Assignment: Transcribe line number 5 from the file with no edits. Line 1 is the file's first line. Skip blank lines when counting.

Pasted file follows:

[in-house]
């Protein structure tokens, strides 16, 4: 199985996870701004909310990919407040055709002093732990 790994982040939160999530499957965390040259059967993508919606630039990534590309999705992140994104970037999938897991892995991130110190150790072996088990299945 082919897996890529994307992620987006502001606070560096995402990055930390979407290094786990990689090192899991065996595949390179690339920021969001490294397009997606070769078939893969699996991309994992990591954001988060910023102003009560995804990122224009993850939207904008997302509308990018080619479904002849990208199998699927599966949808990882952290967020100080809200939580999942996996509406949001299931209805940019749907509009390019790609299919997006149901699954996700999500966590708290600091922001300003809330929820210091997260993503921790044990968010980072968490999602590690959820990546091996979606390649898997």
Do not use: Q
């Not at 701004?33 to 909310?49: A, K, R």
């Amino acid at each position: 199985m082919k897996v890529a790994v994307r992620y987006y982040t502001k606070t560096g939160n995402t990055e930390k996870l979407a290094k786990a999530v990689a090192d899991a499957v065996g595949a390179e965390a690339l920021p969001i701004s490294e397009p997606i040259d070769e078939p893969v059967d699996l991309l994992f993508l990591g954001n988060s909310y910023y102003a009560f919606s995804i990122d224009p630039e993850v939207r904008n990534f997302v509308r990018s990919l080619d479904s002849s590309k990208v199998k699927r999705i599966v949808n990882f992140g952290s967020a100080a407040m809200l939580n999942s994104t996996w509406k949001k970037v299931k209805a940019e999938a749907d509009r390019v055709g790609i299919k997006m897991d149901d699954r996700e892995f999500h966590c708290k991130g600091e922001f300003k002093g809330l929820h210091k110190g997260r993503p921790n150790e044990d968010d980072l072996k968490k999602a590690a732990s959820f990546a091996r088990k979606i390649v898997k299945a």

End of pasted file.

């Amino acid at each position: 199985m082919k897996v890529a790994v994307r992620y987006y982040t502001k606070t560096g939160n995402t990055e930390k996870l979407a290094k786990a999530v990689a090192d899991a499957v065996g595949a390179e965390a690339l920021p969001i701004s490294e397009p997606i040259d070769e078939p893969v059967d699996l991309l994992f993508l990591g954001n988060s909310y910023y102003a009560f919606s995804i990122d224009p630039e993850v939207r904008n990534f997302v509308r990018s990919l080619d479904s002849s590309k990208v199998k699927r999705i599966v949808n990882f992140g952290s967020a100080a407040m809200l939580n999942s994104t996996w509406k949001k970037v299931k209805a940019e999938a749907d509009r390019v055709g790609i299919k997006m897991d149901d699954r996700e892995f999500h966590c708290k991130g600091e922001f300003k002093g809330l929820h210091k110190g997260r993503p921790n150790e044990d968010d980072l072996k968490k999602a590690a732990s959820f990546a091996r088990k979606i390649v898997k299945a």